ADI has been working hard with a fantastic group of committed MPs who have tabled no less than seventeen parliamentary questions in December and January, followed by two further EDMs (Early Day Motions). This brings our total number of Parliamentary Questions on animal circuses during November, December and January to over thirty.

MPs Jim Cunningham, Caroline Lucas, Peter Bottomly, Jeremy Corbyn, Mark Durkan, Gordon Henderson, Kelvin Hopkins, Bob Russell and Adrian Sanders have all supported the two new EDMs and many others are tabling questions in the House – Tessa Munt, Mark Pritchard, Nic Dakin, Kerry McCarthy, Fiona O’ Donnell, John Leech, Angela Smith, Graeme Morrice, Viendra Sharma, Cathy Jamieson, Gordon Henderson, Gavin Shuker, Justin Tomlinson, Sheila Gilmore, and Jim Fitzpatrick.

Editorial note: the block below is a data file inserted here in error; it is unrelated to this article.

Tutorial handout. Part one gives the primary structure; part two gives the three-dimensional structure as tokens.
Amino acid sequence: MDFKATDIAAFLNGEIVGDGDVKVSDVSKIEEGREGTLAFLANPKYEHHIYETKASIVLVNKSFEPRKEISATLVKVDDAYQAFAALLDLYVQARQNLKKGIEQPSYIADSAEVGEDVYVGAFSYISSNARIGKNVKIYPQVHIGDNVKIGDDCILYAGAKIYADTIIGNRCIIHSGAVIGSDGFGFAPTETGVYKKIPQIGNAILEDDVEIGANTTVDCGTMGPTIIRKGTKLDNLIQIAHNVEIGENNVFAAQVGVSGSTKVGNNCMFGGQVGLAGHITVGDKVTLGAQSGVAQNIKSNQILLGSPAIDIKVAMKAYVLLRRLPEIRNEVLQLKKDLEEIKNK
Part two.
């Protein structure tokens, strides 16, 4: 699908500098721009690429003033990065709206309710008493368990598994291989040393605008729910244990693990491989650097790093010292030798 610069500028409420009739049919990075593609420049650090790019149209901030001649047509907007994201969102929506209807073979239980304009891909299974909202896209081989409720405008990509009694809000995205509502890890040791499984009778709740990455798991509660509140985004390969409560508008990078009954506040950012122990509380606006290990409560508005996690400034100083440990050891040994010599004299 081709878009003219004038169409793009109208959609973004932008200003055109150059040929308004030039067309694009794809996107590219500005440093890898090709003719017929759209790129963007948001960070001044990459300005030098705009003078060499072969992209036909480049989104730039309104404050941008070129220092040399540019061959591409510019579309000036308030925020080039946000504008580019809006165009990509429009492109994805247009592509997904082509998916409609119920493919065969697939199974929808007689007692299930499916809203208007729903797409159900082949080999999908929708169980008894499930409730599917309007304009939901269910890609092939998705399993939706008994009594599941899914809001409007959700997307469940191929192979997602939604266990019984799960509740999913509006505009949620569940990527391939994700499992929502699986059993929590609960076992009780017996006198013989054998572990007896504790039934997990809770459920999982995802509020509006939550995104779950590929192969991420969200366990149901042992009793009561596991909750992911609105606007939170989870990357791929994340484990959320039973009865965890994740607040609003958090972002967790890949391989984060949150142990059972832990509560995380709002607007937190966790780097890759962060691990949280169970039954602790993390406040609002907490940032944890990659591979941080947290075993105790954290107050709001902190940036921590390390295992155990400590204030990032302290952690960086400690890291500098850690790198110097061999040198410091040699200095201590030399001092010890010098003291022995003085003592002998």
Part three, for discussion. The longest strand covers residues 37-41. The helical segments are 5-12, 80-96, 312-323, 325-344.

This is an amazing level of work to get the Government to listen to the will of parliament and public and take urgent action to end the suffering of wild animals in circuses.  All of the investigations, studies, research and just plain common sense tells us that it is not feasible to keep wild animals in travelling accommodation and expect to maintain health and welfare.

The first, EDM 2563, reminds the Government that urgent action is needed and demands a ban, in accordance with the will of parliament and public.

The second EDM, 2586, demands that the Government release veterinary inspection reports on circuses, which have been repeatedly denied to ADI, despite freedom of information requests.  These reports are clearly a matter of public interest, since they form part of Defra’s information gathering for their proposed licensing regime. Go to: http://bit.ly/zLUZPW

Government intransigence 

The Coalition Government’s intransigence in the face of overwhelming public and parliamentary support for an end the suffering of these animals appears illogical. Following years of investigations and deliberations, a consensus was growing last year, when even the Prime Minister said that he was “minded” to ban.  Then he suddenly blocked all progress.  Now Defra remains set for yet another failure, as it attempts to bring in a doomed inspection and licensing regime.